At nearly £1000 a pair, only a tech savvy consumer with cash to spare could afford to buy the glasses on a whim. Google always said the gadget was still a prototype and therefore targeted at software developers rather than the masses, but there could still be some disgruntled owners who will never be able to unlock the full potential of a now redundant product.

2. Battery
If you struggle to keep the battery going on your smartphone for a whole day, spare a thought for anyone who ever bought Google Glass. Advertised as lasting for one day of “typical use”, many critics claim the reality was much less. No matter how much technology advances, clearly some things never change.

3. It just looks a bit … silly
2014 was supposed to be the year wearable technology took off. It may be clever technology, but gadgets need to be fashionable as well as functional. Until everyone’s wearing robotic headsets, most of us would probably feel a bit foolish sporting Google Glass in the street.

The Future is Here to Nag You

By Kelly Gerrish

Who wants to live in a world of constant nagging? “Put a coat on, it’s cold outside!” “Don’t stay in bed too long!” “Eat breakfast, it’s the most important meal of the day!”

Many of us move out of our family home due to mum’s constant badgering but it seems we can’t escape forever. Developers are creating gadgets which tell us what do, how to do it and when to do it, by linking to apps on our smart devices.

Gadgets already available include forks that tell us when we are eating too quickly, toothbrushes which make sure we are cleaning our teeth correctly and trainers that nag us to get off the sofa and work out.

There are apps to track your weight, body fat, exercise, diet, sleep and even posture.

The new technology might sound like a great way to improve our lives but in reality, who wants to be told what to do by a computer? Its’ success will be largely down to the willpower of the individual. People like to live their lives their way without having their freedom threatened. The minute the prompts become annoying, people will ignore them and the whole thing becomes obsolete.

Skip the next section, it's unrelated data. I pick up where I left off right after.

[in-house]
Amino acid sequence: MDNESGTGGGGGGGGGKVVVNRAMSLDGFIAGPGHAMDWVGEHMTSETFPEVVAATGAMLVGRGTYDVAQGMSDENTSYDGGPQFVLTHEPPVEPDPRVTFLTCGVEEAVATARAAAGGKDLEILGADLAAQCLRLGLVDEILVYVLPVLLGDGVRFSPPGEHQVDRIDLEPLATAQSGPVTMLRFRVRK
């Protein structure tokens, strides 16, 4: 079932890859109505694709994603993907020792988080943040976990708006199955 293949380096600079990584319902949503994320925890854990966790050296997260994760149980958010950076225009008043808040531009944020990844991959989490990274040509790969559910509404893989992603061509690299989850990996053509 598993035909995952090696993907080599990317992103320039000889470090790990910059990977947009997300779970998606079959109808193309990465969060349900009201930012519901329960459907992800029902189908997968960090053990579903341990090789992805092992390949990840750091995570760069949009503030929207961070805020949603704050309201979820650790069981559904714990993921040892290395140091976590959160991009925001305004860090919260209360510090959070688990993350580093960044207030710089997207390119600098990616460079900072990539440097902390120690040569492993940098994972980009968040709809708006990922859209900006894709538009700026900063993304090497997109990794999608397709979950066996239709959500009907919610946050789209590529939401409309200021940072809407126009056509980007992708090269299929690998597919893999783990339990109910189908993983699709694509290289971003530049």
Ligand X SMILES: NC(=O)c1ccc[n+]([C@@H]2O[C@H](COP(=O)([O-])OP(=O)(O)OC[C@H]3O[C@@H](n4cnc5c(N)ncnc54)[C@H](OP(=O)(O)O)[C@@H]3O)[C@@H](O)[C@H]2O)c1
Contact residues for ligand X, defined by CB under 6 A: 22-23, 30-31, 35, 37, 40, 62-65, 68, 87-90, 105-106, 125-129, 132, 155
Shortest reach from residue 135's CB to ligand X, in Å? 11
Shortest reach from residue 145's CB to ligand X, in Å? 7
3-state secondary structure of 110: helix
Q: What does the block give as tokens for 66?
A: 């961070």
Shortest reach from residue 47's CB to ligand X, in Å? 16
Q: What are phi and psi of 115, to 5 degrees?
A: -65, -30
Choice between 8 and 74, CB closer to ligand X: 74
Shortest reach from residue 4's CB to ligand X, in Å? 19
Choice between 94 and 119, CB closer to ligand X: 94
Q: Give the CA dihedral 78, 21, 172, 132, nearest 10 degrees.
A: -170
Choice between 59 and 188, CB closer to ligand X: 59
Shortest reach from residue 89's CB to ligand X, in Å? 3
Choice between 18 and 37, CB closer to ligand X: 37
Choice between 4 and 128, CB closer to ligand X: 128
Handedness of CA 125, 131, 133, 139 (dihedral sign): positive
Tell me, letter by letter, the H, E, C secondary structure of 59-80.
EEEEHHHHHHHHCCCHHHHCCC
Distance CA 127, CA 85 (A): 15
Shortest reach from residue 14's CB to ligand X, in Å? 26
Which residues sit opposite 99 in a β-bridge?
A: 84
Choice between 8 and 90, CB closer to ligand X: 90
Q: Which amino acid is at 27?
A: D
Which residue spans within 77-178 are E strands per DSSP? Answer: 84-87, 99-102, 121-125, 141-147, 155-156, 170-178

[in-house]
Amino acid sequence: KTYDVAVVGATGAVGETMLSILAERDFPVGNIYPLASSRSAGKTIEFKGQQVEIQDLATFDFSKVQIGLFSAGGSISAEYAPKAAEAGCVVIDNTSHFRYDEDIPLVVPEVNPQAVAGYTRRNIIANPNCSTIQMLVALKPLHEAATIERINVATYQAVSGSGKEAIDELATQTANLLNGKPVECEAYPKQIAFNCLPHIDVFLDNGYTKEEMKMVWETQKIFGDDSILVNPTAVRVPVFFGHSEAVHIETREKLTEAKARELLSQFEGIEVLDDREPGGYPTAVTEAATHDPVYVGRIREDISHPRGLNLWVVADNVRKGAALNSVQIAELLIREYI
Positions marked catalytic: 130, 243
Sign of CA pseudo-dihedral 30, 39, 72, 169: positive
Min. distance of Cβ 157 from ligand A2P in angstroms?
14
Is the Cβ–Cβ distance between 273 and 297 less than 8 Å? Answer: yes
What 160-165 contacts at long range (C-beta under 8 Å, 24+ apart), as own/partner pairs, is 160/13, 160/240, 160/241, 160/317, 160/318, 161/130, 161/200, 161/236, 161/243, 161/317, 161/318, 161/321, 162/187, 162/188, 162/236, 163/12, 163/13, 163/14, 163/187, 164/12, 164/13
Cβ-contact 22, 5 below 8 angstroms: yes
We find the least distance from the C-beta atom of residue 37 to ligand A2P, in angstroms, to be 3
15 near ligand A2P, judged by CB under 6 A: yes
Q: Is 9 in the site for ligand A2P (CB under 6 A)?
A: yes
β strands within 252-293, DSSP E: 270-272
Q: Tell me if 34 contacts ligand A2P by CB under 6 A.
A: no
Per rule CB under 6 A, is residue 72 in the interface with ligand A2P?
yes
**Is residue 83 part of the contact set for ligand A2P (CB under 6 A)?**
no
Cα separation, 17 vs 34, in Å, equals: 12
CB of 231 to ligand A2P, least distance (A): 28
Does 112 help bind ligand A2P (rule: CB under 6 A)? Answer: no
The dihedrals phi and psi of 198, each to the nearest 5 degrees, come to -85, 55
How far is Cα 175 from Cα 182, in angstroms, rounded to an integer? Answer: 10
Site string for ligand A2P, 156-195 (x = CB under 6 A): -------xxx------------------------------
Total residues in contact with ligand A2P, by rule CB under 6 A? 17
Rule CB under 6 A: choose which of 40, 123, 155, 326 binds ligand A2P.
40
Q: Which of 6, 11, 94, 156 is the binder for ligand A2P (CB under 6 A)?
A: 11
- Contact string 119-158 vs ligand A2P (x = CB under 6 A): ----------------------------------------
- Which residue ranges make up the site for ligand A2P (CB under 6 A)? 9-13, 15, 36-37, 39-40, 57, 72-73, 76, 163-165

Does this kind of micro-managed lifestyle appeal to you? Have you used any of the gadgets? Let us know by commenting below.

London Going Green

By Kelly Gerrish

Disused phone boxes in London have been given a new lease of life – as solar-powered mobile phone charging stations.

The iconic red boxes have had a makeover for the project – painted green and fitted with a roof-mounted solar panel. Each box is kitted out with a variety of charging ports for different phone models. The free service offers a 20% battery boost in just 10 minutes.


Running out of battery is a common problem for smartphone users as phones become ever more powerful without an equivalent leap in battery life. Designed for a quick boost in ‘juice’, users can nip in and out while they queue for the bus or wait for a friend.

The service is 100% funded by advertising as users will be shown “short, fun and exciting” ads with exclusive content while they charge.

The first of six boxes was unveiled on Tottenham Court Road this month, with five more being rolled out by April 2015. Should they prove successful, we could be seeing more of them popping up around the capital and further afield.

Learn more about the project here.

The red ones may be design classics, but when was the last time you actually used a phone box? With most people nowadays owning a mobile phone, phone boxes are basically redundant. It’s great to see them being ‘recycled’ in this way that suits the mobile age.